Ed: I love women, appreciate women, and have always been that way. I guess I've never seen what was wrong with telling a pretty lady she's a pretty lady, and no one is pointing a gun telling anyone that they have to flirt back. So darlin', I am what I am, and those close to me recognize that. They also recognize that there's a difference in my public and private personas, too.

Rie: Christmas 2010 is over (and 2011 will be here in a flash). How did your family celebrate the holidays? And what will you be doing for New Year's Eve?

Ed: Just low keying it. Ray, Hugh, and met over at the IHOP (our lake home on Lake Sinclair in Milledgeville, we're only about four miles from Flannery O'Connor's Andulusia, imagine that) for our annual Christmas celebration, and I enjoyed the usual one with my family.

New Year's Eve, I'm not sure what I'll be doing yet, but there are already a couple of wonderful possibilities! Ask me this question again in about a week!

Rie: This will post on New Year's Day, are you hung over?

Ed: Glisrae asada aeaagwrjhbkbwasd  badklajrfea.

Rie: Ha! Ha! Ed, thank you so much for being here. I look forward to interviewing you again when that new book comes out! Please, tell everyone where they can find you on the web.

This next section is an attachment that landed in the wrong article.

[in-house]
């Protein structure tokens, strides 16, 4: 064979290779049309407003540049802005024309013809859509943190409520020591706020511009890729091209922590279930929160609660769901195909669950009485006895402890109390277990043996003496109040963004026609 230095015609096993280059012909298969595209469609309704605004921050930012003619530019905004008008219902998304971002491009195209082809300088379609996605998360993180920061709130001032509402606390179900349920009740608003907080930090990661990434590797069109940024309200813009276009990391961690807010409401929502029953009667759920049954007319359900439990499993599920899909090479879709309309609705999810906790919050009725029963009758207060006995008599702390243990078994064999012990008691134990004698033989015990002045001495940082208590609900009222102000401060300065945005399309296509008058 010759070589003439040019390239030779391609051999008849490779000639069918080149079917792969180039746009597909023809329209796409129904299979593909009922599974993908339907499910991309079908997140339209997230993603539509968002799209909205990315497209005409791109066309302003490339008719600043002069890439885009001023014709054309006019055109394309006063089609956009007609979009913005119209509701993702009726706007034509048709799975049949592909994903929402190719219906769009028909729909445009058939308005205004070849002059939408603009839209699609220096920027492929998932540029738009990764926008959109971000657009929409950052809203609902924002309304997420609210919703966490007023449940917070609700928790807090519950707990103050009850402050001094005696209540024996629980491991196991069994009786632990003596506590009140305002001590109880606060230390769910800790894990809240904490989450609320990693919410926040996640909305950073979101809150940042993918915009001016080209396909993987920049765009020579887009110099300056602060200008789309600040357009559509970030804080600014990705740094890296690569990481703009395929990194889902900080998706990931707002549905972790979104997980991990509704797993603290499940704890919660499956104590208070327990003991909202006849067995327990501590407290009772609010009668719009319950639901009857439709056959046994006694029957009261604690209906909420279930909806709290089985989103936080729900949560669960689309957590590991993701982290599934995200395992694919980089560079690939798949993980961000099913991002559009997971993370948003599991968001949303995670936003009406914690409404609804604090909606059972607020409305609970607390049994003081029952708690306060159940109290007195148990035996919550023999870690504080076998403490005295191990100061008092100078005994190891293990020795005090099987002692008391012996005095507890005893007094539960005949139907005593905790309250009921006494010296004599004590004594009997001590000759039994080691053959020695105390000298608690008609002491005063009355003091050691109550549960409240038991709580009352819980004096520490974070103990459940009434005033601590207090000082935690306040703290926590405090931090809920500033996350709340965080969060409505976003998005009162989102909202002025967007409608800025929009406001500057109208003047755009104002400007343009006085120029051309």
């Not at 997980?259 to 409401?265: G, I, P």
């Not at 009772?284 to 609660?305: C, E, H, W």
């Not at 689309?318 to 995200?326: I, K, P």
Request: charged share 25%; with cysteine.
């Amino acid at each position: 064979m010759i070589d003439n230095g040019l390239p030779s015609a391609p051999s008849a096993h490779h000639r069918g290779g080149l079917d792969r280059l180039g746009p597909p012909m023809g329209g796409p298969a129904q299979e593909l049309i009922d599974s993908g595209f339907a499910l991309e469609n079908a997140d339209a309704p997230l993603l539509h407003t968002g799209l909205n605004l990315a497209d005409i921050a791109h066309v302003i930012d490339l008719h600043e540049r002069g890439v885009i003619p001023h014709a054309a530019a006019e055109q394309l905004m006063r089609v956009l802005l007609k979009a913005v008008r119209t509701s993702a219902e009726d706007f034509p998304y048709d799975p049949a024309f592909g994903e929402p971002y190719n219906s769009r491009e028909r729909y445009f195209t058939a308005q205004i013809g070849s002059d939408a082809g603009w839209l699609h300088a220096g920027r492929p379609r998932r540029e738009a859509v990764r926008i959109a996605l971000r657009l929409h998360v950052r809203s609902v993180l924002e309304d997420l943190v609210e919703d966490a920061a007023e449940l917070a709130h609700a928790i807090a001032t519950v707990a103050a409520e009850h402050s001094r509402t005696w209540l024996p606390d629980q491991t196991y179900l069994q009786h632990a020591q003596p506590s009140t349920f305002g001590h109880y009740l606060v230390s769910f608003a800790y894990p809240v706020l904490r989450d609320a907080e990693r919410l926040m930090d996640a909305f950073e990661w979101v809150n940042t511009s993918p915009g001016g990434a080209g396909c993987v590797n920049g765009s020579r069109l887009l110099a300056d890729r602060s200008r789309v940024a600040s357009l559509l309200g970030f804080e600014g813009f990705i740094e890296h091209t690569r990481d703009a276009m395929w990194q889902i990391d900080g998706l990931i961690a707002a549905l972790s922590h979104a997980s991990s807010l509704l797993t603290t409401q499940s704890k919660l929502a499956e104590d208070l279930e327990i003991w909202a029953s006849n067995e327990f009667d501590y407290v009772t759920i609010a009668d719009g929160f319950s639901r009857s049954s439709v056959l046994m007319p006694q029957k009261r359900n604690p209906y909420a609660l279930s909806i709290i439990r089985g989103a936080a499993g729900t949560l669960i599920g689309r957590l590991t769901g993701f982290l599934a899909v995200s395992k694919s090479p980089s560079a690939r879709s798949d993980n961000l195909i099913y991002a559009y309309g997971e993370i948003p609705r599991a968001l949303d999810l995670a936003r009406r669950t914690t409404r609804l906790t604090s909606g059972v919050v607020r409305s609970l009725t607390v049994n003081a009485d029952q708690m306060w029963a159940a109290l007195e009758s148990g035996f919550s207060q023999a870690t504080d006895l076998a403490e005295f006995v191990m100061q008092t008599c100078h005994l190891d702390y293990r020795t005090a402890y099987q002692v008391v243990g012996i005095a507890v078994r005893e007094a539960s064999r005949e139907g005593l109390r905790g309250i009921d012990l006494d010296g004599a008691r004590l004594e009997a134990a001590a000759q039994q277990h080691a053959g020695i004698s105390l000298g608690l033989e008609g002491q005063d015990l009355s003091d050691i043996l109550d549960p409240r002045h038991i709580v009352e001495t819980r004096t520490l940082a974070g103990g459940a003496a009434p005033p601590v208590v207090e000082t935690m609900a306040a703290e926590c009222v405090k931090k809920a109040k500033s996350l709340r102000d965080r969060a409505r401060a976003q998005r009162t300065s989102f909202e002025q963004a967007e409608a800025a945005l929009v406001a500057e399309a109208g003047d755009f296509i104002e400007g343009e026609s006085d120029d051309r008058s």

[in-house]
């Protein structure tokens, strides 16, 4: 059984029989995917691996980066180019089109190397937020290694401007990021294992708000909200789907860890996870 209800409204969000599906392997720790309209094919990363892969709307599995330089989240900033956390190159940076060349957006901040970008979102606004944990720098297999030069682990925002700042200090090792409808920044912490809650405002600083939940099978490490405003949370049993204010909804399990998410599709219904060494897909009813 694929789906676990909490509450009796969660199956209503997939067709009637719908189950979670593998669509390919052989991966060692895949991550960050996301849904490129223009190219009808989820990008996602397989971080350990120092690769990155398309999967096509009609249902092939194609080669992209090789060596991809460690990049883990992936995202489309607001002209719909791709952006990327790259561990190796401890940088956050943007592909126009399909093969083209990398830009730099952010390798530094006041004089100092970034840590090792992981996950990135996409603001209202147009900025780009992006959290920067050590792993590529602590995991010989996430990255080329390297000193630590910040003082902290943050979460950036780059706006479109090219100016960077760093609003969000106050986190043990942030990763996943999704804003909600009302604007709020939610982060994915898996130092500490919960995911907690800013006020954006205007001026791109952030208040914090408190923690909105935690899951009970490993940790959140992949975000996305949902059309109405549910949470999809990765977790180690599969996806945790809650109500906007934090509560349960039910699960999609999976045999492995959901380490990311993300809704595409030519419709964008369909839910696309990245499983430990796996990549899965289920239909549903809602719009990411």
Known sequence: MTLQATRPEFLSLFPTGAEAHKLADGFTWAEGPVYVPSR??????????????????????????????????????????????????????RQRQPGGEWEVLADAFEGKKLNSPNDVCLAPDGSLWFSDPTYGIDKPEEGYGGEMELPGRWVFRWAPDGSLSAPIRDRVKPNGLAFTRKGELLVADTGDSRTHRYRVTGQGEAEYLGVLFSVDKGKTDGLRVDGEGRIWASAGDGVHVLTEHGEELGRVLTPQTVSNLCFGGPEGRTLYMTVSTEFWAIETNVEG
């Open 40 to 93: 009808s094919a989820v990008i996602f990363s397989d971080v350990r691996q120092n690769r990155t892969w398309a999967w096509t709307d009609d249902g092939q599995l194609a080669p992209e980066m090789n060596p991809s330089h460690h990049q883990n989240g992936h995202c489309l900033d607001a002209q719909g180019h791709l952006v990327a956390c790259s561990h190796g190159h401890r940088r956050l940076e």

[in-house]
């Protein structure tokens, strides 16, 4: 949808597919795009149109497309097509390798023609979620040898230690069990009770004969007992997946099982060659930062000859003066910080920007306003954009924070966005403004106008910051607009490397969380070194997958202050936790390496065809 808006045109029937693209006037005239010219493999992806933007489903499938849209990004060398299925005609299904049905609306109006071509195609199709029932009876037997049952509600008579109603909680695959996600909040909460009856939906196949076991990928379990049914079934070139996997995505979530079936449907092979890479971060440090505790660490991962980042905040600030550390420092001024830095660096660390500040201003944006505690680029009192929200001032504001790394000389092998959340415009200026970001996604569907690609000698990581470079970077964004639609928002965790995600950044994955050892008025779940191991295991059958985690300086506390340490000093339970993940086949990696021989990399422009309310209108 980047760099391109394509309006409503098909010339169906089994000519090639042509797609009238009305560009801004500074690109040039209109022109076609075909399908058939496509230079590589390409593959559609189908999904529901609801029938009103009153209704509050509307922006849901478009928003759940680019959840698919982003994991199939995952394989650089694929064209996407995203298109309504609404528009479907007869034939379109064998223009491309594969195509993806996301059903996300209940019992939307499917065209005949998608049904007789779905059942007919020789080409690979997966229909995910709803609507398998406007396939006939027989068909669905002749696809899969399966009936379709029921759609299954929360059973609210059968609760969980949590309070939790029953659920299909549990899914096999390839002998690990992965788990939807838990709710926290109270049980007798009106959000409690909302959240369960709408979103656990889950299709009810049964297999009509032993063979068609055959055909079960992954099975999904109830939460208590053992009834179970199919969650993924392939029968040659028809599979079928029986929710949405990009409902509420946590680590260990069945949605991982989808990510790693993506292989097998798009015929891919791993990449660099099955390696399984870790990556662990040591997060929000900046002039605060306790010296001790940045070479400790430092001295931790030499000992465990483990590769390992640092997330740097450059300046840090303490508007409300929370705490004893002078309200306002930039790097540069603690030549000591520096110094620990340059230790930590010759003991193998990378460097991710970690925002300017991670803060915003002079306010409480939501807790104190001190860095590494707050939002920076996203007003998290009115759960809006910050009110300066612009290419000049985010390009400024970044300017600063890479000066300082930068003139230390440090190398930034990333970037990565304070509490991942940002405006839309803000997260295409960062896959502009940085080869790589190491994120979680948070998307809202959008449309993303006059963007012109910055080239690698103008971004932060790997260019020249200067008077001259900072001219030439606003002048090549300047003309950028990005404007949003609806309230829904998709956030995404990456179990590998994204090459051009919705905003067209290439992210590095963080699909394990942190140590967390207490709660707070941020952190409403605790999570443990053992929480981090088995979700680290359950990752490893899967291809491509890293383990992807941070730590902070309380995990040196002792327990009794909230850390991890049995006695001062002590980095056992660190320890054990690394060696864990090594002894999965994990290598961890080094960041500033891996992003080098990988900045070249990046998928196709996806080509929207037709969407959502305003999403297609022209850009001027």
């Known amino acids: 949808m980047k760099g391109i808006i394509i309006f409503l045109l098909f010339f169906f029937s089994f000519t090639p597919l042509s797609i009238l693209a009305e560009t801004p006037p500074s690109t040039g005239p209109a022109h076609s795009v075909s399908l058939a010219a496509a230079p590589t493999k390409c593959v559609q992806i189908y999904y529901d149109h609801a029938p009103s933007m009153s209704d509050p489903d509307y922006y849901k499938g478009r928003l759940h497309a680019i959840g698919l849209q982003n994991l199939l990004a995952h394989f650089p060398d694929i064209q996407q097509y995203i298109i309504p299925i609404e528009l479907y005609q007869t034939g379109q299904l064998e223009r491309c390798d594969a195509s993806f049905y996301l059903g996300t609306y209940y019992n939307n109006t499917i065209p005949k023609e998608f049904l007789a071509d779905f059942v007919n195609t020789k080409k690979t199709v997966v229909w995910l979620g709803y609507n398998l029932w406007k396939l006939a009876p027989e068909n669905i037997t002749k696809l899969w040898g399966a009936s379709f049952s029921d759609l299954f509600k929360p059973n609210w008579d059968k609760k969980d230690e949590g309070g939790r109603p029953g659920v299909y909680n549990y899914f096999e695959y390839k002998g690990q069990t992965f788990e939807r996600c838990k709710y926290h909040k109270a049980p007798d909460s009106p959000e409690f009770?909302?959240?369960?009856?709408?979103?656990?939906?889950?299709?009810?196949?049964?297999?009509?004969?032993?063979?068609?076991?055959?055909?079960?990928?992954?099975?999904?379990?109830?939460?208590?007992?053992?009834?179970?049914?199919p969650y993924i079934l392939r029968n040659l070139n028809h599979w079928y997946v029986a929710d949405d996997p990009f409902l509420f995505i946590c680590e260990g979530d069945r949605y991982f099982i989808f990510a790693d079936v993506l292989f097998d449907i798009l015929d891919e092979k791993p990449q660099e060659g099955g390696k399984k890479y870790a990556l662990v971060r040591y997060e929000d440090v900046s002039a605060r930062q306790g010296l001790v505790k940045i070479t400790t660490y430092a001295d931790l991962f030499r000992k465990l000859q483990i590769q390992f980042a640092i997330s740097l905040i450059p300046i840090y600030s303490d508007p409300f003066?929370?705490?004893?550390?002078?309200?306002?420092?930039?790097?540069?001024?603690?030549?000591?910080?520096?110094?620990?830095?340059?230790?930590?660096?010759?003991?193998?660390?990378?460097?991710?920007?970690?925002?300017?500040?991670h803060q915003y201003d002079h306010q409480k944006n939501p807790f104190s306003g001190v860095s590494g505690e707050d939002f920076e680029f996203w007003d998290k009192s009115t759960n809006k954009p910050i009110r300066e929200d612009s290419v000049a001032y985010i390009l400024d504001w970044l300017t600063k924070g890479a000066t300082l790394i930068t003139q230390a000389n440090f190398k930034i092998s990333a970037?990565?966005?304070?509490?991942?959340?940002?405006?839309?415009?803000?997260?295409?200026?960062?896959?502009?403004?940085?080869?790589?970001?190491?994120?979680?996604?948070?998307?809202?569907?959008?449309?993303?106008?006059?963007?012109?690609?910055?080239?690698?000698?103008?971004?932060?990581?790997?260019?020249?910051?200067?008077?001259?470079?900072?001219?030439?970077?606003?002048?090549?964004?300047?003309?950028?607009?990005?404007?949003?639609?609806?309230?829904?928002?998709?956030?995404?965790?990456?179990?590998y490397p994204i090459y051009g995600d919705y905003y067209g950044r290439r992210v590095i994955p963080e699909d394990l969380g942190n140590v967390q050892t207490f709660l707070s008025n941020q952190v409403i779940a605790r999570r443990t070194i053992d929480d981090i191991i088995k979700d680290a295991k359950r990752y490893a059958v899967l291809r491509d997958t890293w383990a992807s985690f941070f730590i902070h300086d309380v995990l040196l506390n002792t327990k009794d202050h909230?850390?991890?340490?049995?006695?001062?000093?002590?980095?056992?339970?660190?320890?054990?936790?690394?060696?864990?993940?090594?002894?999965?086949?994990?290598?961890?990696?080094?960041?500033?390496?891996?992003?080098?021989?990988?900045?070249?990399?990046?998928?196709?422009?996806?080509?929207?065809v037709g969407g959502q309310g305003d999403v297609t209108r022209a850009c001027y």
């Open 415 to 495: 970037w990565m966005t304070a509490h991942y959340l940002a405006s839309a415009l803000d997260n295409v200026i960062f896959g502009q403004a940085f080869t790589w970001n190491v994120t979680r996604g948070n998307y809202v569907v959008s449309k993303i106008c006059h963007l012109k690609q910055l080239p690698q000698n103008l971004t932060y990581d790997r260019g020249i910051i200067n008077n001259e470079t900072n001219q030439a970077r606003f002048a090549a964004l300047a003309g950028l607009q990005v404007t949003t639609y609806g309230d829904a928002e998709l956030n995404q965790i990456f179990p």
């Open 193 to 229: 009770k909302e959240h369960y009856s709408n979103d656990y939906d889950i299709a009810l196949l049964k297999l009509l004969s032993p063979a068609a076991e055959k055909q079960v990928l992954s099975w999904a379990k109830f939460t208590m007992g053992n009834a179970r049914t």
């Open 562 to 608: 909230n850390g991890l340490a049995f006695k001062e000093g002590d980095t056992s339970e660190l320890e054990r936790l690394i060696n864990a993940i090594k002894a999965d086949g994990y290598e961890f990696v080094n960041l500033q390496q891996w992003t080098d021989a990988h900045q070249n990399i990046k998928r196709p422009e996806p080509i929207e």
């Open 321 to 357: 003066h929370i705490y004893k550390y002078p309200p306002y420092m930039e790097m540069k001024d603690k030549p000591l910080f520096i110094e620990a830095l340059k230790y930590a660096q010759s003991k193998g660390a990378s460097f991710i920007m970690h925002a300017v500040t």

Ed: Rie, you know I love ya to death, and anyone wanting to find out more about me can do so by clicking these links: 



Author Bio:
Ed was born June 19, 1956, to Ed and Barbara Williams in Forsyth, Georgia. He was raised in Juliette and is a proud product of the Monroe County public school system. He graduated from Mary Persons High School in 1974, obtained an Associate's degree from Gordon College in 1976, a BBA from Georgia College and State University in 1978, and an MBA in 1991 from the same university. Ed is married to Debbie, his wife of 29 years, and has two children, Alison (26) and Will (Ed IV - 23). He and his family currently reside in Macon, Georgia.



  2. What a fun interview! Gotta love our Southern boys. I especially loved your comments on flirting.

  3. Toni darlin', I appreciate that more than you know! And Ciara, one good thing about flirting is that it makes all red blooded women and men feel good, who doesn't like knowing someone things you're "the stuff?"

    Smoochies to both you pretty ladies,


  4. Ed, it is always nice to chat with you. I hope you'll come back again soon.


  5. Dear lady, you can count on it!

    Friday smoochies,